We were going to remind you of the January 22 deadline to file your claim for a $125 Equifax settlement, but your payout will now only be $6.80, CNBC reports—which is not worth the time it takes to fill out the application.
What changed? Equifax is paying out $700 million in the wake of its 2017 data breach, of which only $380 million is earmarked for consumer compensation. Of that fund, only $31 million was set aside for cash compensation to typical consumers, which is enough to pay $125 to 248,000 applicants. How many people applied? Four and a half million, which nets out to $6.80 per person. “Public response has been overwhelming,” says the FTC.
Adding to the trash fire, yesterday, a judge awarded $77.5 million from the $380 million fund to attorneys. Yes, you read that correctly: Lawyers will receive more than double the amount of consumers whose Social Security numbers and addresses have possibly been for sale on the internet since 2017. (If you’d like a target for your rage, look no further than the billable hour: Legal firms invoice by hourly rates, which incentivize long hours and inefficiency, and consistently consume large portions of payouts intended for victims.)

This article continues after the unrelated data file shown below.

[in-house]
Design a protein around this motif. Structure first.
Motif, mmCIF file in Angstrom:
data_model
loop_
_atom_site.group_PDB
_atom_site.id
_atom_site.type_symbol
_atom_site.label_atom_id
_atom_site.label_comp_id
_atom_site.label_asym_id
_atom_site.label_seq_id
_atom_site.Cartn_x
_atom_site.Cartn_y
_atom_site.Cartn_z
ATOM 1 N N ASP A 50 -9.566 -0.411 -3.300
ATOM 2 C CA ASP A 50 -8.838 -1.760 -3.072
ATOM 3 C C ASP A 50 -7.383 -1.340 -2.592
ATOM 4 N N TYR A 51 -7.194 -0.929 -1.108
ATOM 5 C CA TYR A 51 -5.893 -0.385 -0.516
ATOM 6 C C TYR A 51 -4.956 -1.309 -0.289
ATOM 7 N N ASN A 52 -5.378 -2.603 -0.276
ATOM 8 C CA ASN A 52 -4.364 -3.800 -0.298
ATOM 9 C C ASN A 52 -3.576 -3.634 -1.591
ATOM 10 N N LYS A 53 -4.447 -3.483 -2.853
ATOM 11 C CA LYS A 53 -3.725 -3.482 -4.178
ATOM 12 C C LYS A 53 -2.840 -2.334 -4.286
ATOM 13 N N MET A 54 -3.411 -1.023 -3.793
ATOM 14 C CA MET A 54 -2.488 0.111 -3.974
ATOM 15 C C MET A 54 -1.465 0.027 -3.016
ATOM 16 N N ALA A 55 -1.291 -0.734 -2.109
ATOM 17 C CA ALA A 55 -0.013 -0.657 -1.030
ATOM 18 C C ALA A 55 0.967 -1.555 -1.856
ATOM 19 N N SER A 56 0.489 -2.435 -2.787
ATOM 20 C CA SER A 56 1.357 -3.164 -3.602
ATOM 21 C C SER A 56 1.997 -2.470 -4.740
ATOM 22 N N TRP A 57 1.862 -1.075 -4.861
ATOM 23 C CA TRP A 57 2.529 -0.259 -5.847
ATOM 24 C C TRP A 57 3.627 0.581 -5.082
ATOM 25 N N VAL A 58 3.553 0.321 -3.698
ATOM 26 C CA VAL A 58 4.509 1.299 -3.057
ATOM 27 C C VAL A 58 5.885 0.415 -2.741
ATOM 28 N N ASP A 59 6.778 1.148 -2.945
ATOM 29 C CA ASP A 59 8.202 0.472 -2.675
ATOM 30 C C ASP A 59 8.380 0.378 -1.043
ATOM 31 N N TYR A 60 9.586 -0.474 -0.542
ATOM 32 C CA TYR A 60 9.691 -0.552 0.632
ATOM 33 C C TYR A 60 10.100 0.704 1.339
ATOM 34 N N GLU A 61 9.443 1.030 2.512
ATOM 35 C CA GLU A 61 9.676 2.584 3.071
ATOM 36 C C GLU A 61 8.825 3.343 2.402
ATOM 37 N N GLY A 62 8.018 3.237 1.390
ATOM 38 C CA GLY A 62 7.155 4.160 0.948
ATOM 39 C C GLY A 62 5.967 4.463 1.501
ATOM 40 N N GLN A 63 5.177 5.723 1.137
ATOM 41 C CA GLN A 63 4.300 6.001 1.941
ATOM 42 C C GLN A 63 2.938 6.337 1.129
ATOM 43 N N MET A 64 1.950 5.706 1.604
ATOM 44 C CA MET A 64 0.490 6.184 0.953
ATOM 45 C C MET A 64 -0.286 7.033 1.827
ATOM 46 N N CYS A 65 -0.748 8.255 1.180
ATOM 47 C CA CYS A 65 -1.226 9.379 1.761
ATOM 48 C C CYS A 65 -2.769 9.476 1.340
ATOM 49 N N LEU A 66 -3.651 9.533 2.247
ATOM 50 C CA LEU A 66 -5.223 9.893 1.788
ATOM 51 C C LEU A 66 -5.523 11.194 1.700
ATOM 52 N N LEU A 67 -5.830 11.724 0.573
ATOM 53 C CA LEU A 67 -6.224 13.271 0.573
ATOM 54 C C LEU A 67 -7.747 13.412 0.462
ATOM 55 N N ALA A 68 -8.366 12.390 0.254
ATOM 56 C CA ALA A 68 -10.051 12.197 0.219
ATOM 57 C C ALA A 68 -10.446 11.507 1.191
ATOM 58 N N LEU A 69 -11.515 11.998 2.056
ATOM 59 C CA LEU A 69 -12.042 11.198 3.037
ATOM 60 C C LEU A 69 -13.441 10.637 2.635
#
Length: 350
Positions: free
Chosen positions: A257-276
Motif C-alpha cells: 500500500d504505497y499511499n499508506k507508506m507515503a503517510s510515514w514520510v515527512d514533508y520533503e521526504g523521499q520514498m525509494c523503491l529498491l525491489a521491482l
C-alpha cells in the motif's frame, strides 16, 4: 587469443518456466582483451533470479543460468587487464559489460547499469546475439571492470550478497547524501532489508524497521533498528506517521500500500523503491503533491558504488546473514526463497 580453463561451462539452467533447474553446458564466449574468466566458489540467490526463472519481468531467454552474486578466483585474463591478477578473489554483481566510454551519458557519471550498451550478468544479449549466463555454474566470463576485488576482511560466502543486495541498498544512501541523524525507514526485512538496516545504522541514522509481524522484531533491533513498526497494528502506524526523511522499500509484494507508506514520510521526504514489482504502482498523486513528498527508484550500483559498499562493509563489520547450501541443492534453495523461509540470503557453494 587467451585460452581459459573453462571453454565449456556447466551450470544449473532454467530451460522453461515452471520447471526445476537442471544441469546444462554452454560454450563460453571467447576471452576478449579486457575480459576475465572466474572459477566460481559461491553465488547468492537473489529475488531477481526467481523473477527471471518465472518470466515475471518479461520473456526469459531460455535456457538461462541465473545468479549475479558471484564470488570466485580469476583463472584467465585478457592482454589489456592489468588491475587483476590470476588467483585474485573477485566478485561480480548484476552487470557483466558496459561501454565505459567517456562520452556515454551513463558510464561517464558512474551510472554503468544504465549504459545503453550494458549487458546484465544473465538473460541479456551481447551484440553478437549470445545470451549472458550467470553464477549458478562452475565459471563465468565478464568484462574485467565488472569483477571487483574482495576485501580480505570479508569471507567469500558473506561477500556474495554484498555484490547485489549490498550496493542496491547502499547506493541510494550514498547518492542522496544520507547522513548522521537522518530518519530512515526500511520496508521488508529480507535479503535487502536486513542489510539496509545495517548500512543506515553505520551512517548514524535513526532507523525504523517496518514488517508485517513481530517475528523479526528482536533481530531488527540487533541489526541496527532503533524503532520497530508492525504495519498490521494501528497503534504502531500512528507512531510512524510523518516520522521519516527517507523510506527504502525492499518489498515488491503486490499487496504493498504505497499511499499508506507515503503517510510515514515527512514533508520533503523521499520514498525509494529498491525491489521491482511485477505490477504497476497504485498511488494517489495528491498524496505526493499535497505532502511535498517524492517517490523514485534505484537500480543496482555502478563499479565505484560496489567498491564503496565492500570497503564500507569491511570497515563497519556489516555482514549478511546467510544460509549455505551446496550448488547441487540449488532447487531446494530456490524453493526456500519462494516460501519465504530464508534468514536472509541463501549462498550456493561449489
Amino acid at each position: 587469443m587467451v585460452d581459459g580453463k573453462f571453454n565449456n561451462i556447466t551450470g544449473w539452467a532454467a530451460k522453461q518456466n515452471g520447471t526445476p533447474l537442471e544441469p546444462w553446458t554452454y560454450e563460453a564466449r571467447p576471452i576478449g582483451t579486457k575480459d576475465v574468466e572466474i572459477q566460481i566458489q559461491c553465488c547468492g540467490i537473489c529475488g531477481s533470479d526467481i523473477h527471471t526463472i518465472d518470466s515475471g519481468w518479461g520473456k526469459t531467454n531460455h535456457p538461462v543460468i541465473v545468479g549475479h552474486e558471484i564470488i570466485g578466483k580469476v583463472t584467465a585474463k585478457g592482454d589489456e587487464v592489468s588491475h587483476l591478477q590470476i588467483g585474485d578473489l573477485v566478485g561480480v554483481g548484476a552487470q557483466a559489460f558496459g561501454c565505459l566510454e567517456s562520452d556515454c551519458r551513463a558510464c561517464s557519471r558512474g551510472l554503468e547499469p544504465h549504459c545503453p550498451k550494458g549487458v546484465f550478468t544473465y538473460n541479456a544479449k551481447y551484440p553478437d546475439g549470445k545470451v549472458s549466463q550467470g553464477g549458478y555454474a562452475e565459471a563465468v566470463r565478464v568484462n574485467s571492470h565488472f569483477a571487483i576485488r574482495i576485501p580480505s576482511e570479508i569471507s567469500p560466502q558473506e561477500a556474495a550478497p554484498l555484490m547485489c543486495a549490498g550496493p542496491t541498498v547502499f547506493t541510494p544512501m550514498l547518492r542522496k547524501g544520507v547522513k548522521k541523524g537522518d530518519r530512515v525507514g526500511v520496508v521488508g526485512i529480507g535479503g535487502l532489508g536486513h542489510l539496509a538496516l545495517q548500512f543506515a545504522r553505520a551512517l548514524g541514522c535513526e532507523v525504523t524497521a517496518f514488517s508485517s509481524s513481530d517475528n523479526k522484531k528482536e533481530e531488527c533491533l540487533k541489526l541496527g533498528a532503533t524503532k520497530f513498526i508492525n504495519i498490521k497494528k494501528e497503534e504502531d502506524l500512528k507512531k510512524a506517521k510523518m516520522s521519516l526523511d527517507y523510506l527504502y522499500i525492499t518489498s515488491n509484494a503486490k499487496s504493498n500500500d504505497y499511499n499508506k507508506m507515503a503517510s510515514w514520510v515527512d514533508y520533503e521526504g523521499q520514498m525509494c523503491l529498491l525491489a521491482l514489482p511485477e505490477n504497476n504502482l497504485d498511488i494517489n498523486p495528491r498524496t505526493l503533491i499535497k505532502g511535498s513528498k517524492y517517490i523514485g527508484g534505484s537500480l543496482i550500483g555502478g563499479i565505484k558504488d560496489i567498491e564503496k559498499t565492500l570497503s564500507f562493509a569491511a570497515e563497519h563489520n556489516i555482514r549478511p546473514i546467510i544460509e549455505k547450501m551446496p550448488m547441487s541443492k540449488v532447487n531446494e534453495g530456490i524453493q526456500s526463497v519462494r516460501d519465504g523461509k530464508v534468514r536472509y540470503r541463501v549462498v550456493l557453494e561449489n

But all is not lost! Here’s what to do:
- If you did incur identity theft costs, such as fees for credit monitoring and freezing, bills from accountants or lawyers, or up to 20 hours dealing with it all, apply for reimbursement for those costs. That money comes out of a different fund that supposedly caps at $20,000 per person.
- If you did not suffer any real costs from identity theft, apply for the four free years of credit monitoring by the three bureaus, which comes with up to six more years of one-bureau monitoring. The FTC—which does not usually tell consumers what to do—strongly suggests this option as well.